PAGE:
If you felt like July was unusually hot, then you will be pleased to know that it wasn’t just you. July was, in fact, the hottest month in the past 140 years, with global temperatures sitting at 71 degrees F above the average temperature.
In a new report produced by the Science Advisory Group of the UN Climate Action Summit 2019, a clear view of our current environmental situation has been elaborated — and it’s not a rosy picture. At our current pace, we are well on our way to record the hottest five-year average temperature, at around 1.1°C higher than pre-industrial temperatures.
Global Warming: The Earth in Dire Straits
The ramifications of this increased temperature are myriad. Increased heat typically leads to reduced crop yields, drastically reduced worker productivity, increased incidence of skin cancer, and a whole host of deleterious side effects. Most recently, July’s heatwave was also felt at the poles, with arctic sea ice dropping to record low levels, currently sitting at just 4.21 million square kilometers and declining by around 12.8% per decade.
It’s not just global temperatures that are on the rise either. CO2 emissions from global fossil fuel use are also increasing at a rate of around 1% per year (or 2% in 2018), which is equivalent to more than 37 billion tons of CO2 dumped into the atmosphere every year. As it stands, carbon dioxide and methane levels are at 146% and 256% respectively compared to pre-industrial levels.
— CNET (@CNET) September 22, 2019
These gases contribute to what is known as the greenhouse effect, in which molecules like CO2 absorb infrared light, radiating it back to the Earth surface rather than emitting it back into space and increasing the temperature.
Overall, the report paints a bleak picture of our current situation. Although greenhouse gas emissions are growing slower than the world economy, emissions are not expected to reach their peak until at least 2030. Implementing current greenhouse gas reduction policies until 2100 would be woefully insufficient in slowing global warming, leading to a global mean temperature rise of as much 3.4°C by 2100.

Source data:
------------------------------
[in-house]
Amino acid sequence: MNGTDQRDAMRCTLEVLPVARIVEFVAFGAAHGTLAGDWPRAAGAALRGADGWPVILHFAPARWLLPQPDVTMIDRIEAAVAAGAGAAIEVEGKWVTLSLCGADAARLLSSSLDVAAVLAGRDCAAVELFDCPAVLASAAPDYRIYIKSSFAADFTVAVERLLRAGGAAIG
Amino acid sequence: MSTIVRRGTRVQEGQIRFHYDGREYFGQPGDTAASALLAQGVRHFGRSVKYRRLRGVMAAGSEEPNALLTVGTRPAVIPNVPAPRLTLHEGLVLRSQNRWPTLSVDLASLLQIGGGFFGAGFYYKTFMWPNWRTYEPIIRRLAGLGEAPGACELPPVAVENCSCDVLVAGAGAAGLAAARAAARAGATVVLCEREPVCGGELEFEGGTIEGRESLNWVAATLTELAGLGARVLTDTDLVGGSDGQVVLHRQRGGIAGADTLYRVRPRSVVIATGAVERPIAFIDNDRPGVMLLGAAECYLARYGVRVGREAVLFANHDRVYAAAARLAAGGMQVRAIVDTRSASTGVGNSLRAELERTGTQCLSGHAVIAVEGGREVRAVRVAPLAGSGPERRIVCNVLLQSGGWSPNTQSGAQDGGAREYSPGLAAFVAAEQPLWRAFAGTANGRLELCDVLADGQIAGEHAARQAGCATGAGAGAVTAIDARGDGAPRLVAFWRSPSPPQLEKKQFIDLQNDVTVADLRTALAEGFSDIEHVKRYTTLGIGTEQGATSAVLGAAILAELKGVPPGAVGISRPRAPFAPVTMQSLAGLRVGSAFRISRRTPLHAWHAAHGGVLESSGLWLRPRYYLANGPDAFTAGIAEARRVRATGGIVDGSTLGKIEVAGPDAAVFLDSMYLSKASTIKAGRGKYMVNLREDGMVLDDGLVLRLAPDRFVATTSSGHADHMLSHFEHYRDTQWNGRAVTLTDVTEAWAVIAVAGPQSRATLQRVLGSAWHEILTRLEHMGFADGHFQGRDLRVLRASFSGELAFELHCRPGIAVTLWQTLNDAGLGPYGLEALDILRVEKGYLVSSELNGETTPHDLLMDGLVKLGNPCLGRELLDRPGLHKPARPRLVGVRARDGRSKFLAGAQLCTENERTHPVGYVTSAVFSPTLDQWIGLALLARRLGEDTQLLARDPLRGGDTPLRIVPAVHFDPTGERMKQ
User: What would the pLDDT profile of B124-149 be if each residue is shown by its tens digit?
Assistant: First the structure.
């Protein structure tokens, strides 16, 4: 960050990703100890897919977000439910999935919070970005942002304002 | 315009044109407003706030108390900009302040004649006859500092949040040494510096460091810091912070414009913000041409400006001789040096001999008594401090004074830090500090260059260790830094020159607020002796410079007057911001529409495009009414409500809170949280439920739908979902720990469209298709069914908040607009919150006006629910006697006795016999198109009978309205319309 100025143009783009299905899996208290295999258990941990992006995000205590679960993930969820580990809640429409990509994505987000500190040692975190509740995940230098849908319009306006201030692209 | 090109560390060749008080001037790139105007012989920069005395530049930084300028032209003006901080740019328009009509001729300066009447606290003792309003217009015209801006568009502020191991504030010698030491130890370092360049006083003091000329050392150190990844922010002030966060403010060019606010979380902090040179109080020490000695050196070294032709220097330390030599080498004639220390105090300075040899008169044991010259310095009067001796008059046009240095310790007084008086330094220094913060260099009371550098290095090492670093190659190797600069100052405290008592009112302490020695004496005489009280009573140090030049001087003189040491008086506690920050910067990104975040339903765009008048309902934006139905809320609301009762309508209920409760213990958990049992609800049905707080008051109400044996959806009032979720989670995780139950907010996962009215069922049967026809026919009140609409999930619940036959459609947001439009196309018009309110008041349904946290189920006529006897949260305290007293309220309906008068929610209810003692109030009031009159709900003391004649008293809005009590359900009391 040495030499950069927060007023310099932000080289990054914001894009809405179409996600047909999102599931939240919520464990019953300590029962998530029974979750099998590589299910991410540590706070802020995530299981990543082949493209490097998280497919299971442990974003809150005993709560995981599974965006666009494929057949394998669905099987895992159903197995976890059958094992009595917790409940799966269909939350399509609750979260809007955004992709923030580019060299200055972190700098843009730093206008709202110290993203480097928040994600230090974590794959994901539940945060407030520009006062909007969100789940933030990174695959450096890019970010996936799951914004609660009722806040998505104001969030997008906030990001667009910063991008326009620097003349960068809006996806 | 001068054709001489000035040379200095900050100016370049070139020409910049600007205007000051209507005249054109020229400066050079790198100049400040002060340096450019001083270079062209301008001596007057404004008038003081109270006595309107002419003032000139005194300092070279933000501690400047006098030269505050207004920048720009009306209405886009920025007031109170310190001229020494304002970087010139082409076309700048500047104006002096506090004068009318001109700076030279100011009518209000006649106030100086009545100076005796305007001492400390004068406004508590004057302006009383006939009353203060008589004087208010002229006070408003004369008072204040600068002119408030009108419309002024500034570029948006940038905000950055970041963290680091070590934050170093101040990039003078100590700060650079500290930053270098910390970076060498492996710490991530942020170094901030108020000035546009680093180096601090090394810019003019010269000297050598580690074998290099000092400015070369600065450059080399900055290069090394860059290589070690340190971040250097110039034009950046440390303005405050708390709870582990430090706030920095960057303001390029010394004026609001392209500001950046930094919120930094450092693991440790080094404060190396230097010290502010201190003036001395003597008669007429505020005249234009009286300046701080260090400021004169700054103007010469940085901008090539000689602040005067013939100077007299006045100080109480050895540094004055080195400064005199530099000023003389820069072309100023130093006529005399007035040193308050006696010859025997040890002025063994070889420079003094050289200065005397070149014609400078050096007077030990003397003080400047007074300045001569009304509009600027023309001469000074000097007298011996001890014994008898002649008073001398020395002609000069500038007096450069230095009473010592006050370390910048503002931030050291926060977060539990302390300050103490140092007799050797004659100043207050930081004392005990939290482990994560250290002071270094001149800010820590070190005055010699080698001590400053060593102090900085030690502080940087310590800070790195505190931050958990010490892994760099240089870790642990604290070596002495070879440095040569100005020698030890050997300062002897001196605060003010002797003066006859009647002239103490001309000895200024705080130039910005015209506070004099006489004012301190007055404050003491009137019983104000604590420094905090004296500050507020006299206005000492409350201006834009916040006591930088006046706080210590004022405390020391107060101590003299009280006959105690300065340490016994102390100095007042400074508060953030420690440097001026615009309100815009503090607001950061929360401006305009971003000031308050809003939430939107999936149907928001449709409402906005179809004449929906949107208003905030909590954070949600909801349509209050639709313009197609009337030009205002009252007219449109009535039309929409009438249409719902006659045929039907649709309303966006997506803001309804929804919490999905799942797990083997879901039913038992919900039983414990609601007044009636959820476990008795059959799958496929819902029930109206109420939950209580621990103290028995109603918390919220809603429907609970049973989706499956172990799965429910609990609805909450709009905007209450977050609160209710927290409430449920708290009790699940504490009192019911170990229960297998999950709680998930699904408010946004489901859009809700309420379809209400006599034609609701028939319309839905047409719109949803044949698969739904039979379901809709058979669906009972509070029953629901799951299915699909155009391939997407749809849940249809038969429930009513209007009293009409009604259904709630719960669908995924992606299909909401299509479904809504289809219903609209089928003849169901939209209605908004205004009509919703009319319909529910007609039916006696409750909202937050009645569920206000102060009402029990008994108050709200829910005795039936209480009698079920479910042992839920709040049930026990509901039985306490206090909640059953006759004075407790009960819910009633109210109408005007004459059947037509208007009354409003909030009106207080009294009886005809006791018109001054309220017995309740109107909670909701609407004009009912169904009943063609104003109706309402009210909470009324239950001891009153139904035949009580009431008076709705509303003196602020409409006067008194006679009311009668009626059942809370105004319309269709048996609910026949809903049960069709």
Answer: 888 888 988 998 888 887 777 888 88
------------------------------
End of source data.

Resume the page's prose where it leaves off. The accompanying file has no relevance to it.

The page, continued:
Because of this, the United Nations Environment Programme calls for countries to increase their NGCs by at least three-fold, which should allow us to slow global warming enough so that the temperature increase is at or below 2°C by 2100. If these policies are not implemented by 2030, warming above 2°C may be unavoidable. Above this temperature, global ecosystems, agriculture, and human livelihoods will be seriously affected.
UN Climate Summit
Tomorrow, the UN Climate Action Summit will take place, where UN Secretary-General Antonio Guterres will convene with world leaders from over 50 countries with the goal of addressing climate change. Here, it is expected that most countries will commit to an enhanced agreement to reduce emissions below that set out in the 2016 Paris agreement, with the goal of achieving carbon neutrality sooner, rather than later.
However, some governments, including that of the U.S. and China have often been criticized about their firm-footed approach to climate change. Regardless, hopes are high that both economies will double down on their efforts to reduce climate change, which should help ease the burden on other countries.
What do you think the outcome of the UN Climate Action Summit will be? Will there be representatives from the U.S. and China present? Let us know your thoughts in the comments below!
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